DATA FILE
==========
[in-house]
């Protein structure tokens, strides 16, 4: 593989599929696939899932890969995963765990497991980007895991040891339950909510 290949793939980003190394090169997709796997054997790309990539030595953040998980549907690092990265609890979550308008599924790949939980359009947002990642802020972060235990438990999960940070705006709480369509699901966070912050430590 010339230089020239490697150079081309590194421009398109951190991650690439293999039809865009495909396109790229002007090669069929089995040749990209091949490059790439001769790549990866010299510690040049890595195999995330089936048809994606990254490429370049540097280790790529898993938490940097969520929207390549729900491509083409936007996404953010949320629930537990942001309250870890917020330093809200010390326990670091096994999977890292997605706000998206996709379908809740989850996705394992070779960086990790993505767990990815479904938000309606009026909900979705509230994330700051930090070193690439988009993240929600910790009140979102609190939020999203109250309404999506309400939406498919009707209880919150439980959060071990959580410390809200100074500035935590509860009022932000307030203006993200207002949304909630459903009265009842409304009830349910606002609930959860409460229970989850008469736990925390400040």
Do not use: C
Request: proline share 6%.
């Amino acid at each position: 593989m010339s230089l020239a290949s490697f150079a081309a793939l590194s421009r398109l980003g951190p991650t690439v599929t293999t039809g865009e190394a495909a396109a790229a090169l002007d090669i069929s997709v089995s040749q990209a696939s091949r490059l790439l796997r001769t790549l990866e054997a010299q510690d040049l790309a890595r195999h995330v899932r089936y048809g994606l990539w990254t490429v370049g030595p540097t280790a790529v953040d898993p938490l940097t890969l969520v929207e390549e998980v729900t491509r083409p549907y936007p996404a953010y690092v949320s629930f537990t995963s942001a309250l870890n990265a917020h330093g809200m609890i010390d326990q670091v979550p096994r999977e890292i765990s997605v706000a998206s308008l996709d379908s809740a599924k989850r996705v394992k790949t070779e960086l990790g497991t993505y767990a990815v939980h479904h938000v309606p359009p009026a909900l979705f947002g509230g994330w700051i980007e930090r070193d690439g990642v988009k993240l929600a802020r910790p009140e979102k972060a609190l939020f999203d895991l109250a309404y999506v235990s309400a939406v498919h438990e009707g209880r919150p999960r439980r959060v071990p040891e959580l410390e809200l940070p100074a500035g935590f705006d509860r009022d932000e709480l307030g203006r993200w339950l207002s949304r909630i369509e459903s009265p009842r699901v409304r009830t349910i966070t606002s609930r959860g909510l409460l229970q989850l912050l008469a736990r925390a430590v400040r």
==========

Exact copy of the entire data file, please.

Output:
[in-house]
């Protein structure tokens, strides 16, 4: 593989599929696939899932890969995963765990497991980007895991040891339950909510 290949793939980003190394090169997709796997054997790309990539030595953040998980549907690092990265609890979550308008599924790949939980359009947002990642802020972060235990438990999960940070705006709480369509699901966070912050430590 010339230089020239490697150079081309590194421009398109951190991650690439293999039809865009495909396109790229002007090669069929089995040749990209091949490059790439001769790549990866010299510690040049890595195999995330089936048809994606990254490429370049540097280790790529898993938490940097969520929207390549729900491509083409936007996404953010949320629930537990942001309250870890917020330093809200010390326990670091096994999977890292997605706000998206996709379908809740989850996705394992070779960086990790993505767990990815479904938000309606009026909900979705509230994330700051930090070193690439988009993240929600910790009140979102609190939020999203109250309404999506309400939406498919009707209880919150439980959060071990959580410390809200100074500035935590509860009022932000307030203006993200207002949304909630459903009265009842409304009830349910606002609930959860409460229970989850008469736990925390400040």
Do not use: C
Request: proline share 6%.
């Amino acid at each position: 593989m010339s230089l020239a290949s490697f150079a081309a793939l590194s421009r398109l980003g951190p991650t690439v599929t293999t039809g865009e190394a495909a396109a790229a090169l002007d090669i069929s997709v089995s040749q990209a696939s091949r490059l790439l796997r001769t790549l990866e054997a010299q510690d040049l790309a890595r195999h995330v899932r089936y048809g994606l990539w990254t490429v370049g030595p540097t280790a790529v953040d898993p938490l940097t890969l969520v929207e390549e998980v729900t491509r083409p549907y936007p996404a953010y690092v949320s629930f537990t995963s942001a309250l870890n990265a917020h330093g809200m609890i010390d326990q670091v979550p096994r999977e890292i765990s997605v706000a998206s308008l996709d379908s809740a599924k989850r996705v394992k790949t070779e960086l990790g497991t993505y767990a990815v939980h479904h938000v309606p359009p009026a909900l979705f947002g509230g994330w700051i980007e930090r070193d690439g990642v988009k993240l929600a802020r910790p009140e979102k972060a609190l939020f999203d895991l109250a309404y999506v235990s309400a939406v498919h438990e009707g209880r919150p999960r439980r959060v071990p040891e959580l410390e809200l940070p100074a500035g935590f705006d509860r009022d932000e709480l307030g203006r993200w339950l207002s949304r909630i369509e459903s009265p009842r699901v409304r009830t349910i966070t606002s609930r959860g909510l409460l229970q989850l912050l008469a736990r925390a430590v400040r």